> will be present in the user program binary; In such a case, the
> userspace unwinder defaults to frame pointer unwinding.
> - USERSPACE_UNWINDER_FRAME_POINTER => userspace unwinding does frame
> pointer based unwinding only. User programs must be built with frame
> pointer preservation build flags to ensure useful stack traces.
> Second, regarding "the framework" needed for non-frame-pointer-based
> unwinders, more thought is needed.
> Interface of the userspace unwinder
> * OPTION 1
> This one might be overly simplified but is an option. We add the
> following stub:
> if (check_sframe_state_p (current)) // checks for SFrame sections if
> CONFIG_USER_UNWINDER_SFRAME is true
> sframe_callchain_user (entry, regs); // current is implicit,
> stores callchain entries as it unwinds using .sframe sections
> in the following target APIs in x86_64 and aarch64 to give the desired
> effect of "userspace unwinder selection"
> -- perf_callchain_user in arch/x86/events/core.c
> -- perf_callchain_user in in arch/arm64/kernel/perf_callchain.c
> where the functions look like:
> static inline bool check_sframe_state_p(struct task_struct *task);
> void sframe_callchain_user(struct perf_callchain_entry_ctx *entry,
> struct pt_regs *regs);
> Here, sframe_callchain_user () will, first, perform an operation similar
> to dl_iterate_phdr, because we need the location of the SFrame sections
> for unwinding. This means, for every sframe_unwind() call, we go over
> the memory mappings of "current" task_struct and find the locations of
> the .sframe sections of the program + its DSOs from pages that contain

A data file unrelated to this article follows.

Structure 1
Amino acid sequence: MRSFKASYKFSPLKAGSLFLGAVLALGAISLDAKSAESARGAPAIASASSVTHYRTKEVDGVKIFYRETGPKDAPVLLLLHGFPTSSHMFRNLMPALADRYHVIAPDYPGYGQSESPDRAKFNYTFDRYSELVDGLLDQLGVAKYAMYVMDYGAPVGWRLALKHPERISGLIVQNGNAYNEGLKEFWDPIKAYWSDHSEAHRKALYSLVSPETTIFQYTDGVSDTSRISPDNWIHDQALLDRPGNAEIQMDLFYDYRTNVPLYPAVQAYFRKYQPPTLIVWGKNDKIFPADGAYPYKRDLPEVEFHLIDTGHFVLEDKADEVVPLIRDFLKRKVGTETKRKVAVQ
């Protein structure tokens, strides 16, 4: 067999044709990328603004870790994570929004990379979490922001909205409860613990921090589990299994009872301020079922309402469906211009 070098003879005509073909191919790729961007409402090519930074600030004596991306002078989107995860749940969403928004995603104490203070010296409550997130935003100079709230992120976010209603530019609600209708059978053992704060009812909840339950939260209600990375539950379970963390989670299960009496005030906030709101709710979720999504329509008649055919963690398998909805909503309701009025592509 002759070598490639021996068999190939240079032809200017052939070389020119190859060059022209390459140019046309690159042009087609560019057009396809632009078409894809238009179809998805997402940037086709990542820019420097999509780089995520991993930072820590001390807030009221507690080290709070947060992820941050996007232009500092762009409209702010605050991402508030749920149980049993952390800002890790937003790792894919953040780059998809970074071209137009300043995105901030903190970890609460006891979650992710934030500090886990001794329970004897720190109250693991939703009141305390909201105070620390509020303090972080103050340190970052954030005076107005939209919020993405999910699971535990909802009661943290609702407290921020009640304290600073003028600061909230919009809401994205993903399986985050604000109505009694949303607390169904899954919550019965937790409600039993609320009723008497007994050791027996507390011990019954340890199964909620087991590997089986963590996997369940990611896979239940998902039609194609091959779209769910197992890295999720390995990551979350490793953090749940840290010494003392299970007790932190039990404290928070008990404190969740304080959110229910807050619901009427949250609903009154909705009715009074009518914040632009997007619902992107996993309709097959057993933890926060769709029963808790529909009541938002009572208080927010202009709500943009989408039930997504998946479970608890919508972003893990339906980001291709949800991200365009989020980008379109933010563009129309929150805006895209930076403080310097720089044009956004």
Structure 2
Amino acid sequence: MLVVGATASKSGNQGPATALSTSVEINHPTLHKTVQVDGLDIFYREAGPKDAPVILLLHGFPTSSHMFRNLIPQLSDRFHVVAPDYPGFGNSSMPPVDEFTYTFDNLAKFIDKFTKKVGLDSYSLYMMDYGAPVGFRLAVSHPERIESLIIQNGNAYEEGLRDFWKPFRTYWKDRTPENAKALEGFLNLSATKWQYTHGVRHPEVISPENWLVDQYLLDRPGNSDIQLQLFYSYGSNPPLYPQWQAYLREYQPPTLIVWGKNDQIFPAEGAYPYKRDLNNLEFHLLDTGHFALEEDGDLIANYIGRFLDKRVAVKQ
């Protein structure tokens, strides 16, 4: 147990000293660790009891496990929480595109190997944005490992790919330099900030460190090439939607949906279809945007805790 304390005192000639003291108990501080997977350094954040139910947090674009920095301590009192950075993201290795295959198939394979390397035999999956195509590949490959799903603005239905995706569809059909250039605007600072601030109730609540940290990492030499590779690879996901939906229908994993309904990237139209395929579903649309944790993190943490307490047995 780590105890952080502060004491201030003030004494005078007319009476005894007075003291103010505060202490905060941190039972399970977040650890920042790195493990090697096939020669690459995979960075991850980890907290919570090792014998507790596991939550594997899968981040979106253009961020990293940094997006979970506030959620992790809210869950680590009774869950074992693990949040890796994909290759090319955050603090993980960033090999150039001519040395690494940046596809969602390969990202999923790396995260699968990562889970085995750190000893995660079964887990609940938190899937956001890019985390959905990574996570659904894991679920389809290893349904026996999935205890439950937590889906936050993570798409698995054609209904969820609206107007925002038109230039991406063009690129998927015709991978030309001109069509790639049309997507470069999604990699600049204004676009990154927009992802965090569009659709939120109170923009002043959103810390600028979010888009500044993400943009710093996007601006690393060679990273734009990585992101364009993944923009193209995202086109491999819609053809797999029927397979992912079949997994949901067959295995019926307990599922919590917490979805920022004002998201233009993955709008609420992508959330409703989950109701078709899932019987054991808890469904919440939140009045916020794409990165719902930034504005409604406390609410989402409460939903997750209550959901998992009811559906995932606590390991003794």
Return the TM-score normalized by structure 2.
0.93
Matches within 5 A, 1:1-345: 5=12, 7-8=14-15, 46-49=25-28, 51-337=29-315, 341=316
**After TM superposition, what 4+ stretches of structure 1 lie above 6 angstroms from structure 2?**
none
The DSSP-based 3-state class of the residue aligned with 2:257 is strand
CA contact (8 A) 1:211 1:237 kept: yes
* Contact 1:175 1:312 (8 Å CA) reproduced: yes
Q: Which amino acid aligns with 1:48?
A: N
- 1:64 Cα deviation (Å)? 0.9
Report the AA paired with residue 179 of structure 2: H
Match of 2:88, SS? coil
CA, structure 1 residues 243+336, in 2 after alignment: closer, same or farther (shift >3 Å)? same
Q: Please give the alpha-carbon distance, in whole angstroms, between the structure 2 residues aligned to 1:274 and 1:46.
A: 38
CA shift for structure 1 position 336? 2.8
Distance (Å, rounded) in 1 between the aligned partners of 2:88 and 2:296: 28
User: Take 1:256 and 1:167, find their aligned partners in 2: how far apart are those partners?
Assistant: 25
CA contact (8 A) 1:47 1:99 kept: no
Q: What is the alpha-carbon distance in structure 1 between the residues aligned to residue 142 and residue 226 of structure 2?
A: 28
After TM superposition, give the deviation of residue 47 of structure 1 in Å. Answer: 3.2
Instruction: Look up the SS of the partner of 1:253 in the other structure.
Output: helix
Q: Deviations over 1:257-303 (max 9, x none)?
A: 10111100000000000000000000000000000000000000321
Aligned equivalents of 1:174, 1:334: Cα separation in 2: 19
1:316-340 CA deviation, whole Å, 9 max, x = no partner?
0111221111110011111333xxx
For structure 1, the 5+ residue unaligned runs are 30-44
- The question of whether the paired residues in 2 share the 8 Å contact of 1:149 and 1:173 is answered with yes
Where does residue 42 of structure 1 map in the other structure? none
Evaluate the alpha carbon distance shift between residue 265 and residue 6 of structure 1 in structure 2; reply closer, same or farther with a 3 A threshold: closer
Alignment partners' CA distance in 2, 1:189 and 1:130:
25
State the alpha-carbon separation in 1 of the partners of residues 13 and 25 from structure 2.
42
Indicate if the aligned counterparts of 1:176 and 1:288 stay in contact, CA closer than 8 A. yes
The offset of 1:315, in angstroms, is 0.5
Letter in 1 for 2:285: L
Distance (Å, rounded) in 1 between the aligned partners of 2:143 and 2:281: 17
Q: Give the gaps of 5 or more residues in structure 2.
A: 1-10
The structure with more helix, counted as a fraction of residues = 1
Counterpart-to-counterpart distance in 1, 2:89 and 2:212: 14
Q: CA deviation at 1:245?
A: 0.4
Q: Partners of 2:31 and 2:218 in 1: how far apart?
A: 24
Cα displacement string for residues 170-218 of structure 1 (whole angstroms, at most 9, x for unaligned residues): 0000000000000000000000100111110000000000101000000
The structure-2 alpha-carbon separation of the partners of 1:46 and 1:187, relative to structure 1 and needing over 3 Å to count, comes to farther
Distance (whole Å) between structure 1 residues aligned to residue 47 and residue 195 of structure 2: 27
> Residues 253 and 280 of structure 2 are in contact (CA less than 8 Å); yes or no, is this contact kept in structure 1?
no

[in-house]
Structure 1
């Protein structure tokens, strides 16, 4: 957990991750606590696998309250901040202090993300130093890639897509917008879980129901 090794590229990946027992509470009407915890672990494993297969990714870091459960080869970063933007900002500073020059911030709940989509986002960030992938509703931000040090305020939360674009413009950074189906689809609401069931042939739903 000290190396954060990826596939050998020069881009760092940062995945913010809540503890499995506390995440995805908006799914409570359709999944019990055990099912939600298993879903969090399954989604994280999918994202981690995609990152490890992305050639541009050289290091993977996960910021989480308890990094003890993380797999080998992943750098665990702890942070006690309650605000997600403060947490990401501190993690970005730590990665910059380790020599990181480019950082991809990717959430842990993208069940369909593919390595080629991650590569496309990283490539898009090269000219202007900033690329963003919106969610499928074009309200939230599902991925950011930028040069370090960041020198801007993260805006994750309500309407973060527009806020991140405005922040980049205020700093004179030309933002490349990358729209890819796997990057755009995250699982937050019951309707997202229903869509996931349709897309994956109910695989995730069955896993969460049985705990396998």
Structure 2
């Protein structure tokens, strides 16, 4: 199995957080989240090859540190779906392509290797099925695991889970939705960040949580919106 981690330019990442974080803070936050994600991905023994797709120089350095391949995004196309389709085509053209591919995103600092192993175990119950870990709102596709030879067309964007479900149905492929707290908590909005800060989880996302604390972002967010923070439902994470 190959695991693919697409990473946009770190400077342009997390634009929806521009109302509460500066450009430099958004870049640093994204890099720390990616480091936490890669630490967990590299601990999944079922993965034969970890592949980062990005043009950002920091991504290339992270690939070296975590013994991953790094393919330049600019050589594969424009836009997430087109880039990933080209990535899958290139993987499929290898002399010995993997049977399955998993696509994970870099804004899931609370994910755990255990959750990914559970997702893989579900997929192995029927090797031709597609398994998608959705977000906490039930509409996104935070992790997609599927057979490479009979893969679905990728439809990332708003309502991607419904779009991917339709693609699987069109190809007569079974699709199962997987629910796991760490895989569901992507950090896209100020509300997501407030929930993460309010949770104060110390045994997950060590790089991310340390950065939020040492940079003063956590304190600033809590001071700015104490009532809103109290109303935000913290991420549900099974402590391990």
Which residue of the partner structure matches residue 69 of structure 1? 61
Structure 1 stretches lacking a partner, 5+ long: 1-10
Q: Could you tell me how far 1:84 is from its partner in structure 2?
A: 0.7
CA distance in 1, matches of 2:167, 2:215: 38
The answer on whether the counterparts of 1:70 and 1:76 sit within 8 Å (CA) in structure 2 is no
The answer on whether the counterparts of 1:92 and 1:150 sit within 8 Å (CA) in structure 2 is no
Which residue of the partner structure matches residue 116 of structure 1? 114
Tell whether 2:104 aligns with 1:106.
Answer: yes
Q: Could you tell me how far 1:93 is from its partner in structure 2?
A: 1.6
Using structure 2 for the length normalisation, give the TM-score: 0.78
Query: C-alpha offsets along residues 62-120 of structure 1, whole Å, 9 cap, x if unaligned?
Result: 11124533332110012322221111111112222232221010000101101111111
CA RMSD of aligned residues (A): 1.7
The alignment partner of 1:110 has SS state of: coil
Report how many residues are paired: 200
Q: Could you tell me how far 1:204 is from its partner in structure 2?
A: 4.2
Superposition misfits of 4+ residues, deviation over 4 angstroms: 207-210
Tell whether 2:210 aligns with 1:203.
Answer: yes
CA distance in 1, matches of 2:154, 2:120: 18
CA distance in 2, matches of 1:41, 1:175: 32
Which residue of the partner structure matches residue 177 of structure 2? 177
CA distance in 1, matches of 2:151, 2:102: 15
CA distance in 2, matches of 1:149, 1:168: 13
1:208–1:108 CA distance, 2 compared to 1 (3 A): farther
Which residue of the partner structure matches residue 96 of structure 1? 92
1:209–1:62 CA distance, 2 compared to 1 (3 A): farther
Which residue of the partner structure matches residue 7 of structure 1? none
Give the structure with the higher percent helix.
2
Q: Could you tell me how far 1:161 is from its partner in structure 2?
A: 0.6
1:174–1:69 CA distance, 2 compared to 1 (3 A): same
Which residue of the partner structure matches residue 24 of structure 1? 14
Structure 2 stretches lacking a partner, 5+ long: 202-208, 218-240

> the ELF program headers. Next, using these SFrame sections, it will then
> decode the SFrame section and unwind.
> * OPTION 2
> A possible optimization is to instead:
> 1. Cache some sframe related state, "struct *sframe_state", in the
> "struct task_struct" (guarded by CONFIG_USER_UNWINDER_SFRAME), and
> 2. Use an API like so "void sframe_callchain_user(struct *sframe_state,
> struct perf_callchain_entry_ctx *entry, struct pt_regs *regs)"
> This state (struct sframe_state) is simply put: data about the size and
> addr of the text and SFrame segments of the program and its DSOs.
> Ideally this state can be setup at task setup time and needs to be
> updated only if there is any change in the DSOs (added or removed) .
> The size of the struct sframe_state itself is small here, as SFrame
> sections can be decoded on-the-fly with no need for additional mallocs.
>  PS: That this detection of "add/delete of DSOs in a user program" is
> possible in some efficient way in the kernel remains an assumption; I
> still need to figure things out. Any inputs on this appreciated.
> Other framework
> The kernel stack unwinders adhere to some interface allowing them to be
> used interchangeably. The requirements of the userspace unwinder are a
> bit different though: not all user applications may be compiled with
> SFrame support, which means there needs to be a way we fall back on the
> frame-pointer based unwinder in the kernel for unwinding user programs.
> This requirement, however, does not mean that some framework changes
> shouldn't be done now to make things work better.
> Any feedback/ideas are appreciated. I have also not been able yet to
> evaluate what other impacts could this have on perf, if at all.
next prev parent reply other threads:[~2023-01-24 21:58 UTC|newest]
Thread overview: 4+ messages / expand[flat|nested] mbox.gz Atom feed top
2023-01-12 20:30 Unwinding user-space programs in the kernel using SFrame format Indu Bhagat
2023-01-24 21:58 ` Indu Bhagat [this message]
2023-02-06 19:44 ` Unwinding user-space programs in the kernel using SFrame fo Steven Rostedt
2023-02-07 8:36 ` Indu Bhagat